A code of ethics or code of conduct is a written collection of the rules, principles, values, and employee expectations, behavior, and relationships that an organization considers significant and believes are fundamental to their successful operation. It provides a framework and a standard for ethical decision making within the organization. In addition to its importance within the organization, the code of ethics may inform customers, vendors, and other external stakeholders what is valued by the organization, its management, and employees. The effectiveness of an organization’s code of ethics depends heavily on whether management supports and follows the code and how employees who break the code of ethics are treated.
A code of ethics can be written in a number of different ways, depending on the organization, its internal mode of operation, and management style. Most commonly, a code of ethics is written by the executive team or by a cross-section of employees from various functions. At times, it is also designed by staff members from specific departments, such as organizational development, corporate communications, marketing, and/or human resources. The more stakeholders who are involved in writing the code of ethics, the more likely it is to be integrated into the organization’s culture.
Most companies do not have—or need—a full-time ethics officer, so human resources may be viewed as the keeper of the company ethics. HR is often involved in establishing a code of ethics and may take a lead role in communication, training, and enforcement.
Communication. Communication of the code of ethics is an ongoing process. While HR may take the lead in organized communication of the code, the actions of management also send important messages about the code of ethics. If the actions of the organization’s managers are not consistent with the code of ethics, all the communication in the world will not be successful in getting employees to internalize the code. Employees receive the message that it is acceptable to act in ways that violate the code. So while it is important to communicate the code of ethics and its importance, be aware of the messages being sent by others in the company.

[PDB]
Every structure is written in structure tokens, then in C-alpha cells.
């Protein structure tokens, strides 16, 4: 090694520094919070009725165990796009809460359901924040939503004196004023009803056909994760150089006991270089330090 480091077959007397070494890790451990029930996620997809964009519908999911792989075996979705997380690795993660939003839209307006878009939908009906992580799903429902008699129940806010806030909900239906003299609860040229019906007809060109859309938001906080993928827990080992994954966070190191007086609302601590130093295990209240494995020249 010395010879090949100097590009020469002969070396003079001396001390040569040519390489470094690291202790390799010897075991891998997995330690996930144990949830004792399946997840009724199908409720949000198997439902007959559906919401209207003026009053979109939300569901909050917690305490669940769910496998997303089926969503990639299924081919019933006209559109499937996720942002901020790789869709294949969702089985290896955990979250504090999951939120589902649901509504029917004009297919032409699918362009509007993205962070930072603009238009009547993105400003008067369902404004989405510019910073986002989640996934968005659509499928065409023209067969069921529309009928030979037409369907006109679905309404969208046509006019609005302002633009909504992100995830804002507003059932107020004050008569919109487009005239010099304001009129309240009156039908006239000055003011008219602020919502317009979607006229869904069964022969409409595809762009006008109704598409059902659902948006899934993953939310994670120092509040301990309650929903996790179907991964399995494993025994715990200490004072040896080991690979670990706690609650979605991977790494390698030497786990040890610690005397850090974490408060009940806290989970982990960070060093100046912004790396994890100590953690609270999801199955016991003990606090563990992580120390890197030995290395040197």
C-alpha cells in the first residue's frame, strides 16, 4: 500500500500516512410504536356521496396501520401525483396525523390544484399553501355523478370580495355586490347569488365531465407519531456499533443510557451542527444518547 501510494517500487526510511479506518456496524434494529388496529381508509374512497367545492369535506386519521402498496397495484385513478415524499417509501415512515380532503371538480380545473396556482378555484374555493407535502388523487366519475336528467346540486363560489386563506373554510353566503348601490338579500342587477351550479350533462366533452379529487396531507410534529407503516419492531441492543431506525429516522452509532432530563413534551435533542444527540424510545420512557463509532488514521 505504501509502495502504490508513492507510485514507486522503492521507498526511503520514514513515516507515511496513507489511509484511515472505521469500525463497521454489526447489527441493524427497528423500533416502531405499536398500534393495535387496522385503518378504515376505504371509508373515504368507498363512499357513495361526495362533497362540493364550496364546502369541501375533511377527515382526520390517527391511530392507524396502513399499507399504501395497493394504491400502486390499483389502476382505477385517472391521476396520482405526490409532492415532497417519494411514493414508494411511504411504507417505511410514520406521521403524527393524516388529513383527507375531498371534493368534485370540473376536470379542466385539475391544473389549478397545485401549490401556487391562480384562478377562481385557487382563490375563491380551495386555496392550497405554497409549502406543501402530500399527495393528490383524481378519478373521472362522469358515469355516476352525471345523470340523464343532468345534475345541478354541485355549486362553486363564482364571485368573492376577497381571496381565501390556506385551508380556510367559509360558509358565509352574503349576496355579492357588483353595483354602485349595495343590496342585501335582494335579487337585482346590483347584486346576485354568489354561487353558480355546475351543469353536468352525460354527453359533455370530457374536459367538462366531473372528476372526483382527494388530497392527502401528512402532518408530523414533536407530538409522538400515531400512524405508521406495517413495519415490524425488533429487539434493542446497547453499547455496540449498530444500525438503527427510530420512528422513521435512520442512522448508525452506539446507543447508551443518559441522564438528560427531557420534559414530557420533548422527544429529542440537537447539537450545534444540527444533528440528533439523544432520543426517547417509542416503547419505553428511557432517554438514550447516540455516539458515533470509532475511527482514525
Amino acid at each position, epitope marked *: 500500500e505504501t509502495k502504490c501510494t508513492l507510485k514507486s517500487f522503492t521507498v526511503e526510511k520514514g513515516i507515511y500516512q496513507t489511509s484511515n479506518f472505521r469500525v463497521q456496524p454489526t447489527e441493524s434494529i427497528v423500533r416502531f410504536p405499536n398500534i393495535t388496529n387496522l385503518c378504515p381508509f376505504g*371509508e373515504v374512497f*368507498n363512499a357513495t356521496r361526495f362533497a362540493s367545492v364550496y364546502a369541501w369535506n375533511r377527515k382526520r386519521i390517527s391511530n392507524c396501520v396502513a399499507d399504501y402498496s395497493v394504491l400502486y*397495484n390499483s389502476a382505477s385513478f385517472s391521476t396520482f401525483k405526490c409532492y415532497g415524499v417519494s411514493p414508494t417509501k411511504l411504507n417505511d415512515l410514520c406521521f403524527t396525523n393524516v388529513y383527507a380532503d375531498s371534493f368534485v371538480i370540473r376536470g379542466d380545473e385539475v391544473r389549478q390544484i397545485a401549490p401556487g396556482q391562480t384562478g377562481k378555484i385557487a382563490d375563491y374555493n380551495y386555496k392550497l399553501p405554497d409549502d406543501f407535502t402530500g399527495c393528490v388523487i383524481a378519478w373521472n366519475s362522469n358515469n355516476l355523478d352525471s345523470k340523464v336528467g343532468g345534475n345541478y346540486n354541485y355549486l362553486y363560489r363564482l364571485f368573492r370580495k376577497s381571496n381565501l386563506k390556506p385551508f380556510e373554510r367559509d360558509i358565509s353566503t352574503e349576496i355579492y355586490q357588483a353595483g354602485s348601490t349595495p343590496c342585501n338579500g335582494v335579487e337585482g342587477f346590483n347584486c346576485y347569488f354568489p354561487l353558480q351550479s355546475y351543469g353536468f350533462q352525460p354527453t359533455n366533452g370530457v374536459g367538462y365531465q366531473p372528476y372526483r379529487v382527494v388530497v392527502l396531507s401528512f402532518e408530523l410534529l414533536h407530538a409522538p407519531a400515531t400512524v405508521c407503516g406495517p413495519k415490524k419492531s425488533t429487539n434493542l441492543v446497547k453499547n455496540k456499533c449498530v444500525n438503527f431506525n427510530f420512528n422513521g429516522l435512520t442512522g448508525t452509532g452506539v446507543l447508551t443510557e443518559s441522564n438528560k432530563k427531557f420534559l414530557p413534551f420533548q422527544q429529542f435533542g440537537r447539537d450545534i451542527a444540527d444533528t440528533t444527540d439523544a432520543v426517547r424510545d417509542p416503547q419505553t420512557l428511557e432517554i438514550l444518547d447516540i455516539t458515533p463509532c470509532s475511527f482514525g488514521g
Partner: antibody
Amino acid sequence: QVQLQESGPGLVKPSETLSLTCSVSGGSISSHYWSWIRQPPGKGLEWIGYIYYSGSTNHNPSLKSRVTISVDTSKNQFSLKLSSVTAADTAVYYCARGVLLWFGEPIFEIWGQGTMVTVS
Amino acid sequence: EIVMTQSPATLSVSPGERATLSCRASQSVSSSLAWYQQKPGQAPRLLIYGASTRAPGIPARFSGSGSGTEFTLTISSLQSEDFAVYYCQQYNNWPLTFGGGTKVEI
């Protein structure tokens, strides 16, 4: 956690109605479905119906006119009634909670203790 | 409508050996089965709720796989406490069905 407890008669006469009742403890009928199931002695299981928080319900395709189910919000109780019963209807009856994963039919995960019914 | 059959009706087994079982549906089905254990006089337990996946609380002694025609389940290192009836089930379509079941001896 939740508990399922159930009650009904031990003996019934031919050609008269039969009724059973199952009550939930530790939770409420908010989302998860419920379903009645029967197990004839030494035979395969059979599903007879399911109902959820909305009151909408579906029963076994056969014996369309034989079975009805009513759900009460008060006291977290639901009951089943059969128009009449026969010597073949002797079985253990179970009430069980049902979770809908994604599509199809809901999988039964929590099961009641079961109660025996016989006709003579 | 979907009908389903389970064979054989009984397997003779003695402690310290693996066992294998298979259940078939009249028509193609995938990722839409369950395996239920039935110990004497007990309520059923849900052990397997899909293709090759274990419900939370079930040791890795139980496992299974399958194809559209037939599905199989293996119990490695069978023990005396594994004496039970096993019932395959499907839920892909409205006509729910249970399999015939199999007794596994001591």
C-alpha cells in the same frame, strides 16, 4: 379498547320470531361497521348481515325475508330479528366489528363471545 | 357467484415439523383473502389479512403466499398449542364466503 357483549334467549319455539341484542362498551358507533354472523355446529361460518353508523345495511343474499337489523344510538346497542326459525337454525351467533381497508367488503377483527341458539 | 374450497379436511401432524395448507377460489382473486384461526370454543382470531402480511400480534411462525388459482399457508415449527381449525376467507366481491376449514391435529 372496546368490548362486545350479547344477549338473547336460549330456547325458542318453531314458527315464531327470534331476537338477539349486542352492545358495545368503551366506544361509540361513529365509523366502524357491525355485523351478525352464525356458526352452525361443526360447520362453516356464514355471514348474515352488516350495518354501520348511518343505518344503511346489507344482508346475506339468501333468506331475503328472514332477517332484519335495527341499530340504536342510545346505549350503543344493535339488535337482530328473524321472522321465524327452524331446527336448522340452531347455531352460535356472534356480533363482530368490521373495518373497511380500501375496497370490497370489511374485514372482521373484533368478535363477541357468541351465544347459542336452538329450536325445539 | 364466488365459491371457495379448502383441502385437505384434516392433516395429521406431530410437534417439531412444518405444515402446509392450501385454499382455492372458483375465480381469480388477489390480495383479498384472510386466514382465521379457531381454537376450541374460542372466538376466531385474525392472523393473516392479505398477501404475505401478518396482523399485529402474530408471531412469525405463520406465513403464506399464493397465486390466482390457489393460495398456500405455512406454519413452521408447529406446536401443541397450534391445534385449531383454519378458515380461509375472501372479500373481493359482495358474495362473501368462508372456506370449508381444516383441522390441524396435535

Training. Training employees is key to the successful adoption of a code of ethics. The organization is instructing employees how it wants them to act when faced with potential ethical issues. Training should be based on the code itself. What does the company expect of employees? For example, when ethics conflict with getting the job done on time or on budget, what is the company’s position on what an employee should do? What resources are available to employees if they are faced with an ethical dilemma? A guideline or flowchart of the decision making process should be provided to help employees work through their issues. Practical application of the code should be discussed using hypothetical situations.
Personal character is the key building block of an effective code of ethics. The company should strive to hire individuals with high moral standards and expect every employee to act in an ethical manner in all company matters. When employees act with integrity and have appropriate company guidance and support to work though “sticky” situations, the decisions made are likely to be ethical ones.
In the end, ethics is a matter of corporate culture. Organizations must set high expectations through their codes of ethics and then live to those high standards, making them an integral part of the corporate culture. When management considers the code of ethics important, regularly affirms their content through words and actions, and publicly reprimands rule breakers, codes of ethics are more readily integrated into the fabric of the organization and are more effective.